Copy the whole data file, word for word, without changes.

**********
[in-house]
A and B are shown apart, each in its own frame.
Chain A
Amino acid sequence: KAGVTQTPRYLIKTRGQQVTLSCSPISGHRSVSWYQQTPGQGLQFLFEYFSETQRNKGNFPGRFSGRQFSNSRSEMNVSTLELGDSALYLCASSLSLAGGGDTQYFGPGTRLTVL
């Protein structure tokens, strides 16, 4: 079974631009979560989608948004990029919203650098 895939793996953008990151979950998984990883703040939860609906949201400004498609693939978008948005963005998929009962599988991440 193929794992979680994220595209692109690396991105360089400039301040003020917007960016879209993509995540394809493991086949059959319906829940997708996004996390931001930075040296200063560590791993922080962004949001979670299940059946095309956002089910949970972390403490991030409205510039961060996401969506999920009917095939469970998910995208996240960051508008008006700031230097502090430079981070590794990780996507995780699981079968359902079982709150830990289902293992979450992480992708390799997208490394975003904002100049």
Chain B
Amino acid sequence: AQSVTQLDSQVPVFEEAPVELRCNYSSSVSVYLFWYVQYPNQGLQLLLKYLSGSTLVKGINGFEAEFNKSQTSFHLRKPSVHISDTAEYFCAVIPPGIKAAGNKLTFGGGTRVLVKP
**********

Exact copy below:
[in-house]
A and B are shown apart, each in its own frame.
Chain A
Amino acid sequence: KAGVTQTPRYLIKTRGQQVTLSCSPISGHRSVSWYQQTPGQGLQFLFEYFSETQRNKGNFPGRFSGRQFSNSRSEMNVSTLELGDSALYLCASSLSLAGGGDTQYFGPGTRLTVL
């Protein structure tokens, strides 16, 4: 079974631009979560989608948004990029919203650098 895939793996953008990151979950998984990883703040939860609906949201400004498609693939978008948005963005998929009962599988991440 193929794992979680994220595209692109690396991105360089400039301040003020917007960016879209993509995540394809493991086949059959319906829940997708996004996390931001930075040296200063560590791993922080962004949001979670299940059946095309956002089910949970972390403490991030409205510039961060996401969506999920009917095939469970998910995208996240960051508008008006700031230097502090430079981070590794990780996507995780699981079968359902079982709150830990289902293992979450992480992708390799997208490394975003904002100049």
Chain B
Amino acid sequence: AQSVTQLDSQVPVFEEAPVELRCNYSSSVSVYLFWYVQYPNQGLQLLLKYLSGSTLVKGINGFEAEFNKSQTSFHLRKPSVHISDTAEYFCAVIPPGIKAAGNKLTFGGGTRVLVKP